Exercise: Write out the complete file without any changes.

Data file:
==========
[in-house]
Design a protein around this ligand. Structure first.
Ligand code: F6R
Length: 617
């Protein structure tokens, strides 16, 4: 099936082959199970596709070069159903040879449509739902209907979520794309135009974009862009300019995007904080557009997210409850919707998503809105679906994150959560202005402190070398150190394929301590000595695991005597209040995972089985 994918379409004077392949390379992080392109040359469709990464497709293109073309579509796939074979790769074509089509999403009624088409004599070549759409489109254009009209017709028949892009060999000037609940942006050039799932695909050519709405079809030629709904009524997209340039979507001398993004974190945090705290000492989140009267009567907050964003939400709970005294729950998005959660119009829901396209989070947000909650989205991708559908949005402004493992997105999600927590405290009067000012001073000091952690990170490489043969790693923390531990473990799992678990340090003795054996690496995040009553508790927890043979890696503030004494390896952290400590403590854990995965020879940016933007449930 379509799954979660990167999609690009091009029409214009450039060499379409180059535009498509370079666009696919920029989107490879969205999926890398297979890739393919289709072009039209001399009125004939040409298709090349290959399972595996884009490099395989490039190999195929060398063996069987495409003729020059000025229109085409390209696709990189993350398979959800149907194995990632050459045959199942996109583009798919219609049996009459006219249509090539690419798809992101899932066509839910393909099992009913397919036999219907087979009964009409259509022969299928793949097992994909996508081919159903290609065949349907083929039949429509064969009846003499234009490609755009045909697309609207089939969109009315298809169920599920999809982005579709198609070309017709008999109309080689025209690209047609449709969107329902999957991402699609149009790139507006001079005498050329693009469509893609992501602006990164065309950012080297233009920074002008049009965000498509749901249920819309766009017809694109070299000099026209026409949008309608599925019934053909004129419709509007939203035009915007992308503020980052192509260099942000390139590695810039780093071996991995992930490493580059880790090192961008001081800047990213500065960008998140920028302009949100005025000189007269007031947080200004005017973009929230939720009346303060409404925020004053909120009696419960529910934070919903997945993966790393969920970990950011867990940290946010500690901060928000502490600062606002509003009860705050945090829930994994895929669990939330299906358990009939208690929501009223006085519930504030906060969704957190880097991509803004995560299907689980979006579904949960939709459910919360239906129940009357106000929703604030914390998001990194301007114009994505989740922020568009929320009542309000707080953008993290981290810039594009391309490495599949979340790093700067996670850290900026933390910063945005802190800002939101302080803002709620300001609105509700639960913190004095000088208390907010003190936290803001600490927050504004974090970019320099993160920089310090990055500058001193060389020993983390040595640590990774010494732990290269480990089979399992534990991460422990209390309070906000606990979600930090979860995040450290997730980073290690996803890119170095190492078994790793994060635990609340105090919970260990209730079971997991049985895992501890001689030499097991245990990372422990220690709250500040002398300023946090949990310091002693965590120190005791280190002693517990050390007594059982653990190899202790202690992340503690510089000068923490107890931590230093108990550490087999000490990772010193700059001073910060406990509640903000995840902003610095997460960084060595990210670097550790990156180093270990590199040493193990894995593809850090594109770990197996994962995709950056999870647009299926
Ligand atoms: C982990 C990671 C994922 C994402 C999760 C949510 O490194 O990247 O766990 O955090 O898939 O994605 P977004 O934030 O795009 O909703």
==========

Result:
[in-house]
Design a protein around this ligand. Structure first.
Ligand code: F6R
Length: 617
């Protein structure tokens, strides 16, 4: 099936082959199970596709070069159903040879449509739902209907979520794309135009974009862009300019995007904080557009997210409850919707998503809105679906994150959560202005402190070398150190394929301590000595695991005597209040995972089985 994918379409004077392949390379992080392109040359469709990464497709293109073309579509796939074979790769074509089509999403009624088409004599070549759409489109254009009209017709028949892009060999000037609940942006050039799932695909050519709405079809030629709904009524997209340039979507001398993004974190945090705290000492989140009267009567907050964003939400709970005294729950998005959660119009829901396209989070947000909650989205991708559908949005402004493992997105999600927590405290009067000012001073000091952690990170490489043969790693923390531990473990799992678990340090003795054996690496995040009553508790927890043979890696503030004494390896952290400590403590854990995965020879940016933007449930 379509799954979660990167999609690009091009029409214009450039060499379409180059535009498509370079666009696919920029989107490879969205999926890398297979890739393919289709072009039209001399009125004939040409298709090349290959399972595996884009490099395989490039190999195929060398063996069987495409003729020059000025229109085409390209696709990189993350398979959800149907194995990632050459045959199942996109583009798919219609049996009459006219249509090539690419798809992101899932066509839910393909099992009913397919036999219907087979009964009409259509022969299928793949097992994909996508081919159903290609065949349907083929039949429509064969009846003499234009490609755009045909697309609207089939969109009315298809169920599920999809982005579709198609070309017709008999109309080689025209690209047609449709969107329902999957991402699609149009790139507006001079005498050329693009469509893609992501602006990164065309950012080297233009920074002008049009965000498509749901249920819309766009017809694109070299000099026209026409949008309608599925019934053909004129419709509007939203035009915007992308503020980052192509260099942000390139590695810039780093071996991995992930490493580059880790090192961008001081800047990213500065960008998140920028302009949100005025000189007269007031947080200004005017973009929230939720009346303060409404925020004053909120009696419960529910934070919903997945993966790393969920970990950011867990940290946010500690901060928000502490600062606002509003009860705050945090829930994994895929669990939330299906358990009939208690929501009223006085519930504030906060969704957190880097991509803004995560299907689980979006579904949960939709459910919360239906129940009357106000929703604030914390998001990194301007114009994505989740922020568009929320009542309000707080953008993290981290810039594009391309490495599949979340790093700067996670850290900026933390910063945005802190800002939101302080803002709620300001609105509700639960913190004095000088208390907010003190936290803001600490927050504004974090970019320099993160920089310090990055500058001193060389020993983390040595640590990774010494732990290269480990089979399992534990991460422990209390309070906000606990979600930090979860995040450290997730980073290690996803890119170095190492078994790793994060635990609340105090919970260990209730079971997991049985895992501890001689030499097991245990990372422990220690709250500040002398300023946090949990310091002693965590120190005791280190002693517990050390007594059982653990190899202790202690992340503690510089000068923490107890931590230093108990550490087999000490990772010193700059001073910060406990509640903000995840902003610095997460960084060595990210670097550790990156180093270990590199040493193990894995593809850090594109770990197996994962995709950056999870647009299926
Ligand atoms: C982990 C990671 C994922 C994402 C999760 C949510 O490194 O990247 O766990 O955090 O898939 O994605 P977004 O934030 O795009 O909703």